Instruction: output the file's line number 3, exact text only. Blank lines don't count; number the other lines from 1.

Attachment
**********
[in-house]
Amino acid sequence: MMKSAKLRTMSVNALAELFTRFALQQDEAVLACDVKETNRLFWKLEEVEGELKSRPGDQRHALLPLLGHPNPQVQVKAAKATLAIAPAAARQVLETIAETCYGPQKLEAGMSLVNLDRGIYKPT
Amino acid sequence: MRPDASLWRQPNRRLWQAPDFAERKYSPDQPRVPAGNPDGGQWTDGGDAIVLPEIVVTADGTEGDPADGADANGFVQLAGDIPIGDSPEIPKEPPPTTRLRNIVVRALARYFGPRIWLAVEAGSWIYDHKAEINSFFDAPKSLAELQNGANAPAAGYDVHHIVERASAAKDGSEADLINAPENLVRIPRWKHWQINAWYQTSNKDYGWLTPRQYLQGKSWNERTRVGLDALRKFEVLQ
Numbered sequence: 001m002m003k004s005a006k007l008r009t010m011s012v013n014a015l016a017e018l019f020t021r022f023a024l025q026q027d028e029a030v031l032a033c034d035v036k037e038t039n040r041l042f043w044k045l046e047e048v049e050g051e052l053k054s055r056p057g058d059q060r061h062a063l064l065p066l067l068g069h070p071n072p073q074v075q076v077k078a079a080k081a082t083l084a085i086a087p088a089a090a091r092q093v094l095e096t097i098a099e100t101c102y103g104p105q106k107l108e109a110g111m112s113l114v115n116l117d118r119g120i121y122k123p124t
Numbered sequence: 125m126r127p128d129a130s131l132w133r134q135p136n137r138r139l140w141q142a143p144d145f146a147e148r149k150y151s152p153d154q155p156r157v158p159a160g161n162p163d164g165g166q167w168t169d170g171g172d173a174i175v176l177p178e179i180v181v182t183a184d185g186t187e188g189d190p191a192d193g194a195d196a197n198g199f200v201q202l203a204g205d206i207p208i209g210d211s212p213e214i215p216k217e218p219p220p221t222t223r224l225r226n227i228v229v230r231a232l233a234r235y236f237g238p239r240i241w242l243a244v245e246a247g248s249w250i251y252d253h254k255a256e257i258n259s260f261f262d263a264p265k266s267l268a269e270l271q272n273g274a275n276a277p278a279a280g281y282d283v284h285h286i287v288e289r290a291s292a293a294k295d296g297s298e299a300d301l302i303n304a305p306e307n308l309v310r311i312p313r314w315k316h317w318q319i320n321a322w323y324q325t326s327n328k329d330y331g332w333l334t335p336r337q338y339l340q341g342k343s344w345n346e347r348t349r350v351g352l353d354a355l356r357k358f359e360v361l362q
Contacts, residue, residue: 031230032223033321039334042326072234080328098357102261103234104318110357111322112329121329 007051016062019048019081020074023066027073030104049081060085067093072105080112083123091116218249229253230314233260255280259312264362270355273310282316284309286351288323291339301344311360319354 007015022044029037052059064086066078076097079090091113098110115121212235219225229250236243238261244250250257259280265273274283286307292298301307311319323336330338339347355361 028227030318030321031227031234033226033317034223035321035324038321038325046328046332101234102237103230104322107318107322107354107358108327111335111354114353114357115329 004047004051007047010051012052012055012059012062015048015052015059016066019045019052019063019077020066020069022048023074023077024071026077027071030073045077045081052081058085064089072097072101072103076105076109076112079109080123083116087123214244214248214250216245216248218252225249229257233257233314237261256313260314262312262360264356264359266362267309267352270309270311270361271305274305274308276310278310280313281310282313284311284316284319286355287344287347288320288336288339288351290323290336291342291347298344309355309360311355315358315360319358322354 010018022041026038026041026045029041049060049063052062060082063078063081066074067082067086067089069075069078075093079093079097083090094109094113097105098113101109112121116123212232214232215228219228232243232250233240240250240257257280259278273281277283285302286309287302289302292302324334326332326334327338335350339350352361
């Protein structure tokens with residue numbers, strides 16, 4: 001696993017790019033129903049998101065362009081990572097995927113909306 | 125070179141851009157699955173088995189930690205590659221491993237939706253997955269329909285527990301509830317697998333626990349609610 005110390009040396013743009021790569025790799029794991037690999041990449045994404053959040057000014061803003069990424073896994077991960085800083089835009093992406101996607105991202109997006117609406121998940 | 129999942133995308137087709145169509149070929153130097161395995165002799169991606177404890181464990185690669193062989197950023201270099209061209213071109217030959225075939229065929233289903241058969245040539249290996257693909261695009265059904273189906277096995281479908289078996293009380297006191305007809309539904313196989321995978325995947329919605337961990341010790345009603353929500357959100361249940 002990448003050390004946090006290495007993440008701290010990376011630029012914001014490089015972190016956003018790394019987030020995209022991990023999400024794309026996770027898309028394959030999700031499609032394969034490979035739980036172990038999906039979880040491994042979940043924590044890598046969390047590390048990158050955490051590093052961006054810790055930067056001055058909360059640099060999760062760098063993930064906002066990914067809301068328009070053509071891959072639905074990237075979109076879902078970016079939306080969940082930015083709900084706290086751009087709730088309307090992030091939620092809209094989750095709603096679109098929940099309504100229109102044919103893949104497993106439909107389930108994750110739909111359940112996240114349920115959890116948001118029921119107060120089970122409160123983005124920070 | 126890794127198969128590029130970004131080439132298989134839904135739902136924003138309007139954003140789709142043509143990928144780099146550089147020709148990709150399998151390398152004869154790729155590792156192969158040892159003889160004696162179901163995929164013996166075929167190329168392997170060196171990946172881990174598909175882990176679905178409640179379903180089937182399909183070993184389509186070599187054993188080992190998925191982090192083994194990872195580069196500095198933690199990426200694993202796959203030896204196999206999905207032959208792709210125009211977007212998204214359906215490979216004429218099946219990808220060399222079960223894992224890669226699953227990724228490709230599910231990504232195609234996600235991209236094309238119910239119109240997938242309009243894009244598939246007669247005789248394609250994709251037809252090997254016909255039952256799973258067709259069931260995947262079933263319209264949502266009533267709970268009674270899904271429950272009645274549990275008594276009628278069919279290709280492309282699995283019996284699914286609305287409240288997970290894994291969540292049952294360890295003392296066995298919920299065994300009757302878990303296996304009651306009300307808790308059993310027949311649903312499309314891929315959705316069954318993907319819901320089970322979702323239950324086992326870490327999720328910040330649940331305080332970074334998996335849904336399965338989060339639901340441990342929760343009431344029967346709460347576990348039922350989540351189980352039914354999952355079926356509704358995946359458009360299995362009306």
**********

Amino acid sequence: MRPDASLWRQPNRRLWQAPDFAERKYSPDQPRVPAGNPDGGQWTDGGDAIVLPEIVVTADGTEGDPADGADANGFVQLAGDIPIGDSPEIPKEPPPTTRLRNIVVRALARYFGPRIWLAVEAGSWIYDHKAEINSFFDAPKSLAELQNGANAPAAGYDVHHIVERASAAKDGSEADLINAPENLVRIPRWKHWQINAWYQTSNKDYGWLTPRQYLQGKSWNERTRVGLDALRKFEVLQ